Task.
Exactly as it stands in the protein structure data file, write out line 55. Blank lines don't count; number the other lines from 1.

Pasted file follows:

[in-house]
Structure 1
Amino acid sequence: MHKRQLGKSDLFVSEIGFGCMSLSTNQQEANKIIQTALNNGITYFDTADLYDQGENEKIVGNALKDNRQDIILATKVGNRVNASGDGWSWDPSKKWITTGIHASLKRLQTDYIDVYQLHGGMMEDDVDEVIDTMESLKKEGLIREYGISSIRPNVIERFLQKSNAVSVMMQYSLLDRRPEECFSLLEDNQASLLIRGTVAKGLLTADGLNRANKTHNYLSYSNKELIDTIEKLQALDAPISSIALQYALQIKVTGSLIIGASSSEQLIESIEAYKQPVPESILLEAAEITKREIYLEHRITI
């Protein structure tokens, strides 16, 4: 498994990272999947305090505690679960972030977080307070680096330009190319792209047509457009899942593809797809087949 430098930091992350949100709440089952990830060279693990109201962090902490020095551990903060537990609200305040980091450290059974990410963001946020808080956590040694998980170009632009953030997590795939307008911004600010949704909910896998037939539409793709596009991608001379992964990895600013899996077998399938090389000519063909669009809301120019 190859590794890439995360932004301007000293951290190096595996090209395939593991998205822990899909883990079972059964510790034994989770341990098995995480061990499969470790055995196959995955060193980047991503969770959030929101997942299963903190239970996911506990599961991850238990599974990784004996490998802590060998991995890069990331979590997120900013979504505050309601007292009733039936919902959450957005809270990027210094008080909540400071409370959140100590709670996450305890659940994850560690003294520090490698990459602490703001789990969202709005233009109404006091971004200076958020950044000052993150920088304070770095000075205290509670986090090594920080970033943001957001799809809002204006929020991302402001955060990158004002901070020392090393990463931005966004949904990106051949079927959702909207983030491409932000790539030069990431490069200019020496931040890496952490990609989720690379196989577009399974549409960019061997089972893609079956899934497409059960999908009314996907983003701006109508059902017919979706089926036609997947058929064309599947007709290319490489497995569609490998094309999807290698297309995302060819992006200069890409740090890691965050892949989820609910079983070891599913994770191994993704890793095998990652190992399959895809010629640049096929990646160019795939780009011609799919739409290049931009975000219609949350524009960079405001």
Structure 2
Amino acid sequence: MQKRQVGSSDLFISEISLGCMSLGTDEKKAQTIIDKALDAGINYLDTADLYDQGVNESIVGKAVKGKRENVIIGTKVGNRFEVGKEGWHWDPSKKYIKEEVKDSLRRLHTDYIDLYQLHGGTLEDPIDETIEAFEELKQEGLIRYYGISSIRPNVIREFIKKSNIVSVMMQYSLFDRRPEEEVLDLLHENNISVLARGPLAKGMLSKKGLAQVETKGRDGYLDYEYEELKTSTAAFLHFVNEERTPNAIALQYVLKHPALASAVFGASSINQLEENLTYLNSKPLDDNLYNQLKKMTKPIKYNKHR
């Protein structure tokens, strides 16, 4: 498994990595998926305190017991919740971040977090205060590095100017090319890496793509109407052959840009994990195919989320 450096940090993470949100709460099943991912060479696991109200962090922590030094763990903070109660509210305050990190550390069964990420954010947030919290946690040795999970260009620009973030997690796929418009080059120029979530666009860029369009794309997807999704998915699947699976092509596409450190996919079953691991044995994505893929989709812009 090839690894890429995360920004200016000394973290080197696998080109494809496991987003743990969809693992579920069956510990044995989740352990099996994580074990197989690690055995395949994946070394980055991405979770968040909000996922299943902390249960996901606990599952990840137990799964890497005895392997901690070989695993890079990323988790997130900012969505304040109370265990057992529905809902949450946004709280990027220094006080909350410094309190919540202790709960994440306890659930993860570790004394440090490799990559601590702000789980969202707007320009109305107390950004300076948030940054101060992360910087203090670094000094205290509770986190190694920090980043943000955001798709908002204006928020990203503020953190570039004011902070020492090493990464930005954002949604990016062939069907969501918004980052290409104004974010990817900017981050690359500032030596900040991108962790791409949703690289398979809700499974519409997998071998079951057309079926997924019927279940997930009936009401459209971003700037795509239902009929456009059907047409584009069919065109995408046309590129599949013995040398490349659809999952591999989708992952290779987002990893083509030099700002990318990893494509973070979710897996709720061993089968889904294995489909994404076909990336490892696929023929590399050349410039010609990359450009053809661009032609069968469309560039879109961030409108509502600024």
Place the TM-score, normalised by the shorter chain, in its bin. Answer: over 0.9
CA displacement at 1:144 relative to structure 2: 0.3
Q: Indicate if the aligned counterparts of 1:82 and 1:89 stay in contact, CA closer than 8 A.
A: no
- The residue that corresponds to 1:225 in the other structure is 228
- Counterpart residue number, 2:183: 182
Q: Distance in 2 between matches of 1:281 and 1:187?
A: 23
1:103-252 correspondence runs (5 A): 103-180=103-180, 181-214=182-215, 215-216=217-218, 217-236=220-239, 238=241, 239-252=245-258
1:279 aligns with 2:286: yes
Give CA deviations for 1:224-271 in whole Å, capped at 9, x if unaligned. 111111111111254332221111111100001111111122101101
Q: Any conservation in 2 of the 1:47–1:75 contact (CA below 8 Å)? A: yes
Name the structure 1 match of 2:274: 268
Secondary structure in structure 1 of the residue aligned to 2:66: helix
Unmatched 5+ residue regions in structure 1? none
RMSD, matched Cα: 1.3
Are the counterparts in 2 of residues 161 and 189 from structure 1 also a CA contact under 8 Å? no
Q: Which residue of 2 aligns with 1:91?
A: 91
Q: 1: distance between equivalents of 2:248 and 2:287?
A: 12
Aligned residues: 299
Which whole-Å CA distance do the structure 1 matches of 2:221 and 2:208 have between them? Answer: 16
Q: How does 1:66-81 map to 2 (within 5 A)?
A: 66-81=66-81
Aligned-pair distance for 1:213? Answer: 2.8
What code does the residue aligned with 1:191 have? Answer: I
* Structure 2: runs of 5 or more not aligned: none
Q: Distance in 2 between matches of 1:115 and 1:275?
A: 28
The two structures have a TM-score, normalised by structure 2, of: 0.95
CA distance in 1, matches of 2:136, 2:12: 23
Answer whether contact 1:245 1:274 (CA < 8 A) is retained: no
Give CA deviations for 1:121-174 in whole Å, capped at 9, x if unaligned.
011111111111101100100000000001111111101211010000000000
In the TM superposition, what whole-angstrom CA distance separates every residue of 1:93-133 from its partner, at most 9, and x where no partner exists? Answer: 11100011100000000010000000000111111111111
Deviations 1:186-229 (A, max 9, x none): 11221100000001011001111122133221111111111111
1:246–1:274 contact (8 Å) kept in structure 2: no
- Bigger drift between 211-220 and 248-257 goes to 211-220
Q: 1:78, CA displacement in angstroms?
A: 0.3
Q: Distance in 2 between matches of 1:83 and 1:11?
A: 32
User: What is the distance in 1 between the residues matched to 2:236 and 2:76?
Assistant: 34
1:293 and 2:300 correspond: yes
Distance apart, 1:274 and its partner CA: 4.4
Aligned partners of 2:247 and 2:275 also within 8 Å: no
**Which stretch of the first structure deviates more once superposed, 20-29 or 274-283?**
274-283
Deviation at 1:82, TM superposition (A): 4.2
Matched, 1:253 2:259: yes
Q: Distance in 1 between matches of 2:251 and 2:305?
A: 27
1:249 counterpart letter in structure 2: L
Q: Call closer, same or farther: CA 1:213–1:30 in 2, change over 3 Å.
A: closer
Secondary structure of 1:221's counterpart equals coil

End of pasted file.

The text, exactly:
Aligned partners of 2:247 and 2:275 also within 8 Å: no